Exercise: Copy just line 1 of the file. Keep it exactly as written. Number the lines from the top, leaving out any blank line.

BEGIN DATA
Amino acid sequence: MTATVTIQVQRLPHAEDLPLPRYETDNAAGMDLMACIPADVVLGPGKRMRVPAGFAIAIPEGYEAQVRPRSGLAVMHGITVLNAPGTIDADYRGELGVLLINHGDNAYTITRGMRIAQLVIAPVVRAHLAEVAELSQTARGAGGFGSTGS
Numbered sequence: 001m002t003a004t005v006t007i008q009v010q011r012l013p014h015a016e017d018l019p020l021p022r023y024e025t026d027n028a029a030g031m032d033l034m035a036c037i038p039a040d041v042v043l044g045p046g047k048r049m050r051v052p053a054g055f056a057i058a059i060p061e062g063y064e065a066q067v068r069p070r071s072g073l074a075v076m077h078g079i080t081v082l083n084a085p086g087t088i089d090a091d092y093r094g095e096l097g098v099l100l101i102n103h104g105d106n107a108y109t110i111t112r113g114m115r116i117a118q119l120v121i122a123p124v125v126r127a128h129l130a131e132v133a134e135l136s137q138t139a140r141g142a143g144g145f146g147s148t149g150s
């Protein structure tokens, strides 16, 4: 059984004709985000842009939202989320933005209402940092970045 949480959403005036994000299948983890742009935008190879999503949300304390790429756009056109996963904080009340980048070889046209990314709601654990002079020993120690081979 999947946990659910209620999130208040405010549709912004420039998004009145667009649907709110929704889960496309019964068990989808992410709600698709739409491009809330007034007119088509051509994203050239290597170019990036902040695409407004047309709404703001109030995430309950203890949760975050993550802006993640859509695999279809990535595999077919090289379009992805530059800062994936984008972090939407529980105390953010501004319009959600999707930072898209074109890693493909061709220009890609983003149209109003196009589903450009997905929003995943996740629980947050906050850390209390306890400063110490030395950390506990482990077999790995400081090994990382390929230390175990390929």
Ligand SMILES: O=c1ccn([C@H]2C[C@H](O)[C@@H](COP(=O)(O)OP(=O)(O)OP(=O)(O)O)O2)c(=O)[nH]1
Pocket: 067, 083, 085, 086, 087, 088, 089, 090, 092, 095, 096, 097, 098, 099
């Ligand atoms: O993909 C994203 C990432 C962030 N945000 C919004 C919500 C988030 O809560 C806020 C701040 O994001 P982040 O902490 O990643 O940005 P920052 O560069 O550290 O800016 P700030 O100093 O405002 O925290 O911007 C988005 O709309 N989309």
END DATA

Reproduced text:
Amino acid sequence: MTATVTIQVQRLPHAEDLPLPRYETDNAAGMDLMACIPADVVLGPGKRMRVPAGFAIAIPEGYEAQVRPRSGLAVMHGITVLNAPGTIDADYRGELGVLLINHGDNAYTITRGMRIAQLVIAPVVRAHLAEVAELSQTARGAGGFGSTGS